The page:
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Richline announces partnerships with “wearable technology” companies

27 DAYS AGO
Richline announces partnerships with “wearable technology” companies

Forms alliance with CUFF  and Omate ®                              

Richline Brands and CUFF™, a Bay-area based, connected jewelry company, have announced a partnership agreement for the exclusive distribution of CUFF products. The partnership is designed to fundamentally bridge the function and fashi...

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RapNet launches new Android app

27 DAYS AGO

(NEW YORK) - RapNet has announced the release of a new mobile app for Android, following the successful launch of their iPhone app.

The app allows RapNet members to conduct their business on the go, and stay on top of the market wherever they are. The app includes advanced searches, saved searches and...

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#NFC Pearl from Galatea gives jewelry a voice

27 DAYS AGO
#NFC Pearl from Galatea gives jewelry a voice

Patented Momento Pearl   saves your precious moments in a pearl

(SAN DIMAS, Calif.) - The NFC-empowered Momento Pearl™ from Galatea: Jewelry by Artist is a cultured pearl containing near field communication (NFC) technology, allowing a user to create a tailored voice message that can be played when the...

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Analyzing the aftermath - the JADE Act

Embargo on gemstones originating from Myanmar, formerly Burma is nothing new. But the backlash, and divisive commentary in the wake of the latest officially implemented ban is bound to polarize many members within the gem trade. And oddly enough, all those voices have a point - and a valid one.

Aimed at penalizing the Burmese ruling junta through embargo, the US government had banned products coming from Burma since 2003. However the broad language of that earlier sanction permitted the importation of Burmese-origin gems that were cut or polished elsewhere. On July 30, 2008 President George Bush signed into law the Tom Lantos Block Burmese JADE Act, restricting the import of precious Burmese gems and stones.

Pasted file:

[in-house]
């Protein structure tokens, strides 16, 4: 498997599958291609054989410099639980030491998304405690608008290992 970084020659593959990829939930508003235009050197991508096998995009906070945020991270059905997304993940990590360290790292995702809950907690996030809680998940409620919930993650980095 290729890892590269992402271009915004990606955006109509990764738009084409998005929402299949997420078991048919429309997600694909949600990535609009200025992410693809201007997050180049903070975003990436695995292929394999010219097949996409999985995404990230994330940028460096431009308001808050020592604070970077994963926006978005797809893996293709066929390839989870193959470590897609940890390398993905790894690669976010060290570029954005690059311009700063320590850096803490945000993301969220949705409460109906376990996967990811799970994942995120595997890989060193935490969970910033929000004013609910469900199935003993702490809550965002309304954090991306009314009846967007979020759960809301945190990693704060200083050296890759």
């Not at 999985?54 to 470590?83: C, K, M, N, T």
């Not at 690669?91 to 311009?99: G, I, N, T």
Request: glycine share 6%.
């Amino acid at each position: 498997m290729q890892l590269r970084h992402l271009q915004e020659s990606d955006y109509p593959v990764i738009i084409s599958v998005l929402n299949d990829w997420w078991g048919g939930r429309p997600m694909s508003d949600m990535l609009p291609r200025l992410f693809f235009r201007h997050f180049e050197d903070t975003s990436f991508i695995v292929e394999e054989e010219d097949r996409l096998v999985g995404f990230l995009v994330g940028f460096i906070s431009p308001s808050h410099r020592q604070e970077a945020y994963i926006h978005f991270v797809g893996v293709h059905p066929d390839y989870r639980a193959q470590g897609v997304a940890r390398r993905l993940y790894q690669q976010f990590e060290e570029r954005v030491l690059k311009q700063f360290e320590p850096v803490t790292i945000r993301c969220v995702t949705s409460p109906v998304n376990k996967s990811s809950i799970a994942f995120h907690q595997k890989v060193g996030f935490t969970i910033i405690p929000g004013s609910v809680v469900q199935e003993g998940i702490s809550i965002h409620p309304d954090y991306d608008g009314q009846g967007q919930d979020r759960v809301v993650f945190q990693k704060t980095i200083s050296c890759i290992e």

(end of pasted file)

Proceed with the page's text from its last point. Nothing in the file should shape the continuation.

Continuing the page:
Some observers claim the previous sanctions had a loophole. Others argue it was no loophole - that the earlier ban simply expressed a different set of parameters for gemstone importation. So, unlike the former embargo, the JADE Act ban now clearly states that Burmese-origin jadeite and ruby, including those which have undergone “substantial transformation” elsewhere, are to be banned from coming into the US. The only exception would be Burmese gems brought in for ‘personal consumption.’

While the industry contemplates these new developments, the global gemstone community already voices disparate opinions. Director of Public Affairs for Jewelers of America (JA), Peggy Jo Donohue assured that JA will make certain that its members clearly understand that no rubies or jade mined in Burma may be imported legally into the U.S. And, Donohue added, to be certain, “Jewelers should seek written assurance from their suppliers that they will not knowingly supply these banned gems.”

The comprehensive nature of the JADE Act, spelled out in lengthy legalese, may appear to be a daunting task when it comes to sorting it all out. But the Jewelers Vigilance Committee (JVC) has streamlined this concern with information clearly spelled out on their website for those interested - www.jvclegal.com.

It’s impossible to prove some stones have been in the US prior to the implementation of the JADE Act, certain dealers worry. Old stock - really old stock - may not have the paper trail that the current legislation demands in order to sell existing stock that may have come from Burma - or not. Proving the origin is a hotly debated topic where this new ban is concerned.

Some people mistakenly believe the determination of origin, not how long it has been in the US, is at least a done deal. Inclusions and fluorescence clues some feel, are fail-safe and will tell if a ruby originated in Burma. Not so fast, warns Christopher Smith, vice president and chief gemologist, of American Gemological Laboratories (AGL).